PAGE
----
“I was this kid full of life, then I became just gloomy and broken,” she said. “I was glad that he saw the change. I thought, ‘Wow, someone cares. Someone finally sees me.’”

George, 42, knows what it’s like to be a student who feels undervalued at school, even though he attended an academic institution much different from Hubbard High School. Born in Egypt, he went to an elite French Catholic school in Cairo called Collège de la Sainte Famille (School of the Holy Family) before moving to Illinois in 1994.

“They were very, very strict,” he said. “I just did not think that that’s how it should be. As a teacher, you want people to love what they’re learning and not hate it.”

Before George entered the teaching profession, he knew that it was his passion. Both of his parents, along with two uncles and aunts, were educators. They discouraged him from becoming a teacher because they didn’t think “it was worth the hassle,” he said. So, George studied international studies and political science, eventually landing positions with government entities and financial institutions. But he recognized that teaching was his calling and decided to become an educator like his family members had. His philosophy is not complicated: No matter the student, he strives to instill confidence in them.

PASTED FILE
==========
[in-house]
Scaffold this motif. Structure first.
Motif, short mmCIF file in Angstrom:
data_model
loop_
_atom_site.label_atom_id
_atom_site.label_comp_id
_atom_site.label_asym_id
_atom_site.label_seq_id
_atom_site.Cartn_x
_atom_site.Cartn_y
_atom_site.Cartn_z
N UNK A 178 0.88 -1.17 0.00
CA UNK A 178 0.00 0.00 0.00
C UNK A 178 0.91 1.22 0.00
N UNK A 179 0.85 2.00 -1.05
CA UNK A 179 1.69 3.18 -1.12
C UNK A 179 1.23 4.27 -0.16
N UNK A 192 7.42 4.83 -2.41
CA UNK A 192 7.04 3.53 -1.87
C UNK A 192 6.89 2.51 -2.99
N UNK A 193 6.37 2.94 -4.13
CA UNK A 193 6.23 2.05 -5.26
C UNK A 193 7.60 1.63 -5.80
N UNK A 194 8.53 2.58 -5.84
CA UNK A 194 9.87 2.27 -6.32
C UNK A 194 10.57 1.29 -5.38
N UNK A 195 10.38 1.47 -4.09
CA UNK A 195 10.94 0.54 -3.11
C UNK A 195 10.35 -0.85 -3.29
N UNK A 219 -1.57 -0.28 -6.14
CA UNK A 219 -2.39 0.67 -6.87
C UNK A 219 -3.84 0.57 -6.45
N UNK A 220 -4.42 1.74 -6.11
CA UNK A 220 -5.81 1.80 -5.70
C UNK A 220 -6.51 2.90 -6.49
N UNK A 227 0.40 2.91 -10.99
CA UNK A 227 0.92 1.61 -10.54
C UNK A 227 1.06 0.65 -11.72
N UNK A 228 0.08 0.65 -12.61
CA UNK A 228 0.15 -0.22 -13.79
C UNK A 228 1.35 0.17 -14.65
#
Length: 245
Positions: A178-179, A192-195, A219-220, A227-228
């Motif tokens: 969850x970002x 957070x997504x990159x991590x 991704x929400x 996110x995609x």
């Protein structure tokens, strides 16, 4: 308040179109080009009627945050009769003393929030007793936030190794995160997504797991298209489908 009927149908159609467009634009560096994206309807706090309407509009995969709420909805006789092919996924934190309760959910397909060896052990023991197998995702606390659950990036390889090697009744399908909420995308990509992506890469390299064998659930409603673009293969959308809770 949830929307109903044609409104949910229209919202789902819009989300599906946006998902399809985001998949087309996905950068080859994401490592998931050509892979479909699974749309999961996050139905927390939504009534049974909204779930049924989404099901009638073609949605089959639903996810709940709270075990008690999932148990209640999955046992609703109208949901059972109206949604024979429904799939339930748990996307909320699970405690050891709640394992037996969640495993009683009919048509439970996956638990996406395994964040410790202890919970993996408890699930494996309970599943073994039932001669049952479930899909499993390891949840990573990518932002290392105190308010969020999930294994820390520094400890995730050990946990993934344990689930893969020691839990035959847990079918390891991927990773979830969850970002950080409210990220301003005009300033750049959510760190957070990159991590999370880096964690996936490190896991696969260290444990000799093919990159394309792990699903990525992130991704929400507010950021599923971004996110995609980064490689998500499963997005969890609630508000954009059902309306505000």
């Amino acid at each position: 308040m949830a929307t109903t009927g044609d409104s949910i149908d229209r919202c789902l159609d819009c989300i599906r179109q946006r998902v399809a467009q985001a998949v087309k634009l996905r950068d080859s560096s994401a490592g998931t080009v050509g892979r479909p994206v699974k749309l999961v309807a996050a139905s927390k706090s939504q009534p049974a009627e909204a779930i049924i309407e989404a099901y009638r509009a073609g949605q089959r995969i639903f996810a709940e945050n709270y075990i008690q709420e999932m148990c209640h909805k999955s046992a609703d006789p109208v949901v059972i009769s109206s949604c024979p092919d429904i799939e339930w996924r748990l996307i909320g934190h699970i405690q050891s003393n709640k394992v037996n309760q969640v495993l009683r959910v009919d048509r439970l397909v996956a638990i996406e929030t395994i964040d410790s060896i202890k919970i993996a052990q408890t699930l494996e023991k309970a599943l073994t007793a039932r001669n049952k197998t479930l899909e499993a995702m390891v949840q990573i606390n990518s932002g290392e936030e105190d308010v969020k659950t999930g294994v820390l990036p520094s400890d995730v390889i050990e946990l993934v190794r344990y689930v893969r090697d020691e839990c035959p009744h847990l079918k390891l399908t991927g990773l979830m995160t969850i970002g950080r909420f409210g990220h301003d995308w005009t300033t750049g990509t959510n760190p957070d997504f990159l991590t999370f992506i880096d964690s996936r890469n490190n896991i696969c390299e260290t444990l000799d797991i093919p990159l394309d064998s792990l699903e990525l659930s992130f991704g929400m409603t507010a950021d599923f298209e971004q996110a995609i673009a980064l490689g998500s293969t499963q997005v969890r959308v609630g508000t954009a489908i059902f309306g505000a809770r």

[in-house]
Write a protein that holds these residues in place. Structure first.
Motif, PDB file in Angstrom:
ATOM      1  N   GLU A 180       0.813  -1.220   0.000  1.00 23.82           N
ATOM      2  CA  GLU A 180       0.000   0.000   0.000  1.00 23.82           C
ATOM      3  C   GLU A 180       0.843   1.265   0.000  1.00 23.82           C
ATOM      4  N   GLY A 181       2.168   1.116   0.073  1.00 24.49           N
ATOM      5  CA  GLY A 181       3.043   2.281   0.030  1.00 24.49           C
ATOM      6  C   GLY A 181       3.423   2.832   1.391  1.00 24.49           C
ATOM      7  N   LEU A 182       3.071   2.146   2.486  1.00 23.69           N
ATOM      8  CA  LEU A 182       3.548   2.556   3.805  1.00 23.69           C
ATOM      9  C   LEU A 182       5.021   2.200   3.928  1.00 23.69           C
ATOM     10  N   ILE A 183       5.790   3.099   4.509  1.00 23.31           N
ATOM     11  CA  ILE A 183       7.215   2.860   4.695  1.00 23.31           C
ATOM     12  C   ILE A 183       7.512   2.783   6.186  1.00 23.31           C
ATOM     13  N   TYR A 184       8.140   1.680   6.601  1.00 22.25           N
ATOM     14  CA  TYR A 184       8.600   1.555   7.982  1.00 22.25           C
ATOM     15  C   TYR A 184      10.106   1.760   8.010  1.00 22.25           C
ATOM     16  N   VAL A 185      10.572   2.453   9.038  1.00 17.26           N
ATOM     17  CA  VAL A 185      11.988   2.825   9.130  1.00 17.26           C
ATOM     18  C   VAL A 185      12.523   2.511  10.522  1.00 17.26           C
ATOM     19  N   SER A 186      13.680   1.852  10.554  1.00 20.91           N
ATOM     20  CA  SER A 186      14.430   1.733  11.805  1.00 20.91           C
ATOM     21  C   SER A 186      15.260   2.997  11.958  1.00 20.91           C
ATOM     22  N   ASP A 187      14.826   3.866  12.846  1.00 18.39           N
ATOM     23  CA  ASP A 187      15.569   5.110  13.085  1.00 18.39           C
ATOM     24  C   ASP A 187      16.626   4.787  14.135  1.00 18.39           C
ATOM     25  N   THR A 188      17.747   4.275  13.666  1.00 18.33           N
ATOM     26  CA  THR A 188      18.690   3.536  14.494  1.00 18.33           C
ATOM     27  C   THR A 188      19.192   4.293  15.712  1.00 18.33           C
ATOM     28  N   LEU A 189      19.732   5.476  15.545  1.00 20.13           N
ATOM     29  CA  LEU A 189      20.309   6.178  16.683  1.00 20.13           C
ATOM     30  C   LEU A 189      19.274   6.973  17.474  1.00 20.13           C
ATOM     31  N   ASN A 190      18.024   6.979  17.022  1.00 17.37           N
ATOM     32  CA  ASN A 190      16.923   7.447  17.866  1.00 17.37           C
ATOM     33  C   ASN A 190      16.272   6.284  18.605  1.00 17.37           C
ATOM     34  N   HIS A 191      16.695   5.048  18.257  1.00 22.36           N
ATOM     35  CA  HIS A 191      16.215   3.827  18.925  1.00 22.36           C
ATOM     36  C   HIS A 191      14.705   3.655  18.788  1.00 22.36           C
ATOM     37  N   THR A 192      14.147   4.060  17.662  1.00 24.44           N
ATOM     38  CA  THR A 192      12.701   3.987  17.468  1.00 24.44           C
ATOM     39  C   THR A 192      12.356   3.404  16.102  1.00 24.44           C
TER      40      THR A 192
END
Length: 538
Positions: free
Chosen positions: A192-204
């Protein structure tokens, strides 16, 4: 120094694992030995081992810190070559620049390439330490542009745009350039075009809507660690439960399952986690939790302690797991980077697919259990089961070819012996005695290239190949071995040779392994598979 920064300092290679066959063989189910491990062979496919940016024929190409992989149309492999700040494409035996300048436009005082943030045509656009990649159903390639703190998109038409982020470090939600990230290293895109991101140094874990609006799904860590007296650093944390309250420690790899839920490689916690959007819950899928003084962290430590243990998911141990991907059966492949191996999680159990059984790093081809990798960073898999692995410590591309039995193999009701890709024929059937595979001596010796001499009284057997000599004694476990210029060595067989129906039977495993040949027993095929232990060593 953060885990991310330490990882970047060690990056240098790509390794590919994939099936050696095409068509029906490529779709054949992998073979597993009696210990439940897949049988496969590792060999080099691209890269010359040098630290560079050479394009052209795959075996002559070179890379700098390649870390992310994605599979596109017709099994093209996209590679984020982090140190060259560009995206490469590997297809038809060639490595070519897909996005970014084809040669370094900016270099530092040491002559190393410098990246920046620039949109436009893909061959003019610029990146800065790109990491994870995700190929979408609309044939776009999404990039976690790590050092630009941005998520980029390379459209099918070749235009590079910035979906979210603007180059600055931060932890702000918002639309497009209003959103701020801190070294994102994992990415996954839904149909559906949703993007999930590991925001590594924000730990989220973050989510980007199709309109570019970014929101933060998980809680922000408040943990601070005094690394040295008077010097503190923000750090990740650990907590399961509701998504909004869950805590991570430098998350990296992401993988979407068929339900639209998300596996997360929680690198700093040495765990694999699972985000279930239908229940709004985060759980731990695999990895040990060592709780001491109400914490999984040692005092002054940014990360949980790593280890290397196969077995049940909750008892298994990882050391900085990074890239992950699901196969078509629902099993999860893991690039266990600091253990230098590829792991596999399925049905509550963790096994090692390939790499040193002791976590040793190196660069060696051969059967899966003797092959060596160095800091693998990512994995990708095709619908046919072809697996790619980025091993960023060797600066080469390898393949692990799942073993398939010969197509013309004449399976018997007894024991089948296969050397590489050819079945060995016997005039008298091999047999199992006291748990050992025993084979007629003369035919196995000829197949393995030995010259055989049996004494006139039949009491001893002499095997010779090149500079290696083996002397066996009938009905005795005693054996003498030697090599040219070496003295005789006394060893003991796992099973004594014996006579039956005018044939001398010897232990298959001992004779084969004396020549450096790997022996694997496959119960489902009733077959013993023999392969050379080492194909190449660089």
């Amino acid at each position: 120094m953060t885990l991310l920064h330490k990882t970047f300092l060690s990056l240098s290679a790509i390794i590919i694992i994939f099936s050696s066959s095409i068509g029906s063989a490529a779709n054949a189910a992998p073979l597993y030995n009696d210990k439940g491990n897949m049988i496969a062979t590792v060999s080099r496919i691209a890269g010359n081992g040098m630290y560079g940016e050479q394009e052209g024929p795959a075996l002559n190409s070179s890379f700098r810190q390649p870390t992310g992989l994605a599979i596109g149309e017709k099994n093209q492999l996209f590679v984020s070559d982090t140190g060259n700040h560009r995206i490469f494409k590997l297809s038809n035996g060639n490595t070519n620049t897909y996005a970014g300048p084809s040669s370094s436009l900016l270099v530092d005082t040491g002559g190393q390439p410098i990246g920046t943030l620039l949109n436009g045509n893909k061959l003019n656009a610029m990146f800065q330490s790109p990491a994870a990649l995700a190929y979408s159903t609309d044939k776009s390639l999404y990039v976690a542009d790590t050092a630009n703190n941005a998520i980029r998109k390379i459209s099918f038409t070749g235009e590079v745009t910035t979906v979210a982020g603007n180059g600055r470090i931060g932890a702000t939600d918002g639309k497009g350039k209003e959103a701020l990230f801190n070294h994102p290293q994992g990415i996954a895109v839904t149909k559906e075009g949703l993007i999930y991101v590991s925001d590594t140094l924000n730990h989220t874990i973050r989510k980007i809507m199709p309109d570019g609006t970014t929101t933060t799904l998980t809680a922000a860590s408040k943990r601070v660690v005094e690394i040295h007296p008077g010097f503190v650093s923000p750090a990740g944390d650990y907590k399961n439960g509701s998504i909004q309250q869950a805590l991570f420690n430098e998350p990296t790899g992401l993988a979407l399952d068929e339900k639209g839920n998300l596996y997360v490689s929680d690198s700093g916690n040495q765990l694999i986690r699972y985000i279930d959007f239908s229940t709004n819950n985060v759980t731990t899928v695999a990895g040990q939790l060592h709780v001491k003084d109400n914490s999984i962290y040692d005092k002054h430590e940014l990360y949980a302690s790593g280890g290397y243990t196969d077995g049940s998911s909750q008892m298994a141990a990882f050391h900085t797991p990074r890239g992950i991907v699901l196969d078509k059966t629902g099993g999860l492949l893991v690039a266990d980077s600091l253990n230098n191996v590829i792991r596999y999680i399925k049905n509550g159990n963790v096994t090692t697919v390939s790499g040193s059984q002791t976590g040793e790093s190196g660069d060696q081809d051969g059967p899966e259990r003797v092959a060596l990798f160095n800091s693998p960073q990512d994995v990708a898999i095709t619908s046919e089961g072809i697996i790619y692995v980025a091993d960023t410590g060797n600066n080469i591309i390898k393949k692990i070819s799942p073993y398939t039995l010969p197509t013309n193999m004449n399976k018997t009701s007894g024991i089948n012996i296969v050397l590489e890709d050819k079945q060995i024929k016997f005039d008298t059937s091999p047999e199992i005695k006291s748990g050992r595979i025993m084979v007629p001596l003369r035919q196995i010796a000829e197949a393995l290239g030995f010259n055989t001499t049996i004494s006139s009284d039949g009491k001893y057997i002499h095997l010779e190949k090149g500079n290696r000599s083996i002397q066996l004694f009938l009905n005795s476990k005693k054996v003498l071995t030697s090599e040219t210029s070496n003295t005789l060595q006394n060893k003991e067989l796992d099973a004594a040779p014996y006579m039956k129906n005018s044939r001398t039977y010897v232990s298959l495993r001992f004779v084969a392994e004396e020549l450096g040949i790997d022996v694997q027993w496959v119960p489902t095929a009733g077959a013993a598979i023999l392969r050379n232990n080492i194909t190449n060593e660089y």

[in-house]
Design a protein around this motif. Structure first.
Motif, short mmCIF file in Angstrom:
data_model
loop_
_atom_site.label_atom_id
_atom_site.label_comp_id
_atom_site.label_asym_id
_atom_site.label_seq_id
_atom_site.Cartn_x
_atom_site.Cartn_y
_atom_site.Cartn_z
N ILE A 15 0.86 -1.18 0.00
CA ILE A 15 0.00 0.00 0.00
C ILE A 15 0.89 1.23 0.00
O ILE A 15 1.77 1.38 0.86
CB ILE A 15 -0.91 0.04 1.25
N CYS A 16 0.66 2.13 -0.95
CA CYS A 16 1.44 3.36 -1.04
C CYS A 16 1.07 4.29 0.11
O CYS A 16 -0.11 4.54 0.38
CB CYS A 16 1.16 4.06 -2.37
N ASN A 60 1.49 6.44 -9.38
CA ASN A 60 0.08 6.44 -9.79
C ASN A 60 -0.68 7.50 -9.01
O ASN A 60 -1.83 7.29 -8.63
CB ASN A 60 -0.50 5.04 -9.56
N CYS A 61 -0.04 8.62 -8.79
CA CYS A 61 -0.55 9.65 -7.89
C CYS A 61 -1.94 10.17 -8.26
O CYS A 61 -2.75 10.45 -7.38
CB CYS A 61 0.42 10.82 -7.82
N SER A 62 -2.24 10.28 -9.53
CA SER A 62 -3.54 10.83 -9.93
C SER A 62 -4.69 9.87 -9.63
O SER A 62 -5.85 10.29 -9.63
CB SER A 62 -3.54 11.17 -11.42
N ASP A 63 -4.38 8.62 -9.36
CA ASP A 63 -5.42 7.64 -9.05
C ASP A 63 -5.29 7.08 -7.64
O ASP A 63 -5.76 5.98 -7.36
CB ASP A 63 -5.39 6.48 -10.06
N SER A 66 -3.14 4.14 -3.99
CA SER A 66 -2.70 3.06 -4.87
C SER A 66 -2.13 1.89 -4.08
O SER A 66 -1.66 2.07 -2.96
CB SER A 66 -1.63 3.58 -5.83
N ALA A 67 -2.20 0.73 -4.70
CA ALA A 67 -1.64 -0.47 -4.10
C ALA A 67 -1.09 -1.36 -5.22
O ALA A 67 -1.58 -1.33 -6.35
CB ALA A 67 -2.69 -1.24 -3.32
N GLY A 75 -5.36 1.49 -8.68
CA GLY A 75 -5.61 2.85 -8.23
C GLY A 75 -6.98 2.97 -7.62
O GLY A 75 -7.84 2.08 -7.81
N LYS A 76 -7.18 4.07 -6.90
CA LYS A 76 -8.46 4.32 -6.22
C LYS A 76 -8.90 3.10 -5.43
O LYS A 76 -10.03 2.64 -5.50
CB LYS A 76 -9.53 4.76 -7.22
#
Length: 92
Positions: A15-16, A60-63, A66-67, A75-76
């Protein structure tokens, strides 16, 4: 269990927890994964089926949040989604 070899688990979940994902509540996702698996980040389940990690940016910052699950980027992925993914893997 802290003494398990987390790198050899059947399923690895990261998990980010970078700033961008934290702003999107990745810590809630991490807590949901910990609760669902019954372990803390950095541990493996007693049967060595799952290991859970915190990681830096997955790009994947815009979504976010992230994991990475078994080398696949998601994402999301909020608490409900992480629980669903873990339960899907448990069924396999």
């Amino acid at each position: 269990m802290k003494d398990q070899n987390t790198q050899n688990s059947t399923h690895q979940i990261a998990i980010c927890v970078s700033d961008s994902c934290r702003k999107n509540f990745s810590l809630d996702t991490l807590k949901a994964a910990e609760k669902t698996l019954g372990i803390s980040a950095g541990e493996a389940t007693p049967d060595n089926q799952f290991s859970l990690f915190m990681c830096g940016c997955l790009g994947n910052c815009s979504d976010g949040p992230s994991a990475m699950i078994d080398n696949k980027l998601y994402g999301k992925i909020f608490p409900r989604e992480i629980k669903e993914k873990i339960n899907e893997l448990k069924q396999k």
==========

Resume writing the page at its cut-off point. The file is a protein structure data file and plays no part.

Miller with Martinez's French class at Hubbard High School in 2012/2013

“I always say that I teach kids for life, not just for school,” George said. “So when you look at it from that perspective, then you can have a more positive outlook, versus all the negative things that you face every day.”